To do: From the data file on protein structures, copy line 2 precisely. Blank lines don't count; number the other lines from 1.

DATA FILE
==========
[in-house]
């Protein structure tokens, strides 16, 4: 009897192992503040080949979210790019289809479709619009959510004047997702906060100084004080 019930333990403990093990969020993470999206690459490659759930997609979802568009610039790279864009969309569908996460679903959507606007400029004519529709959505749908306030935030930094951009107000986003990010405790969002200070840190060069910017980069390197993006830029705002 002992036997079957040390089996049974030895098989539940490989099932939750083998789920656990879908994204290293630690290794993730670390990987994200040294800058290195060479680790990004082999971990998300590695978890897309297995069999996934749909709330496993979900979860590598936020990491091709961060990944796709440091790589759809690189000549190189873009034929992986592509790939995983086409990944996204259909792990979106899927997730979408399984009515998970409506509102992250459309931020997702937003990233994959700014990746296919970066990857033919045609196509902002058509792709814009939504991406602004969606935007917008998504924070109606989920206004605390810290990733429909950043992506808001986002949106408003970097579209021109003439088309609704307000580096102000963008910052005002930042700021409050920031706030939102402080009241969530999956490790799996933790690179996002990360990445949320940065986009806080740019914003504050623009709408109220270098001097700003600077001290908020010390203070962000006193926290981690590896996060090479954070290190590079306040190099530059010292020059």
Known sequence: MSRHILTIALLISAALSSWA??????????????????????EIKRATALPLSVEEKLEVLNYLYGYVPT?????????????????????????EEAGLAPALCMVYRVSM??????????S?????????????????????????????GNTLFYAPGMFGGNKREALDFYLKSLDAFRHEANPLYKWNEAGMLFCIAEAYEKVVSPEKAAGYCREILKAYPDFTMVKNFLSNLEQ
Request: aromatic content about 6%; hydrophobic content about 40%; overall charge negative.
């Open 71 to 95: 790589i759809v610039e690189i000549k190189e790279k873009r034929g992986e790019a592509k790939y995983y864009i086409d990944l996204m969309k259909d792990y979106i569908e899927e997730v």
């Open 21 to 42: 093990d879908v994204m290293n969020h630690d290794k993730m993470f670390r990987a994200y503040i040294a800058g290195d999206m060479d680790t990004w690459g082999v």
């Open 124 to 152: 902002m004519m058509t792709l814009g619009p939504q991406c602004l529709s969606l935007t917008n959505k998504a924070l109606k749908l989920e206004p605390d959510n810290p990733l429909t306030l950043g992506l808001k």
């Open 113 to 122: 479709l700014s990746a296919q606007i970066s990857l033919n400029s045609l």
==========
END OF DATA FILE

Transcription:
């Protein structure tokens, strides 16, 4: 009897192992503040080949979210790019289809479709619009959510004047997702906060100084004080 019930333990403990093990969020993470999206690459490659759930997609979802568009610039790279864009969309569908996460679903959507606007400029004519529709959505749908306030935030930094951009107000986003990010405790969002200070840190060069910017980069390197993006830029705002 002992036997079957040390089996049974030895098989539940490989099932939750083998789920656990879908994204290293630690290794993730670390990987994200040294800058290195060479680790990004082999971990998300590695978890897309297995069999996934749909709330496993979900979860590598936020990491091709961060990944796709440091790589759809690189000549190189873009034929992986592509790939995983086409990944996204259909792990979106899927997730979408399984009515998970409506509102992250459309931020997702937003990233994959700014990746296919970066990857033919045609196509902002058509792709814009939504991406602004969606935007917008998504924070109606989920206004605390810290990733429909950043992506808001986002949106408003970097579209021109003439088309609704307000580096102000963008910052005002930042700021409050920031706030939102402080009241969530999956490790799996933790690179996002990360990445949320940065986009806080740019914003504050623009709408109220270098001097700003600077001290908020010390203070962000006193926290981690590896996060090479954070290190590079306040190099530059010292020059």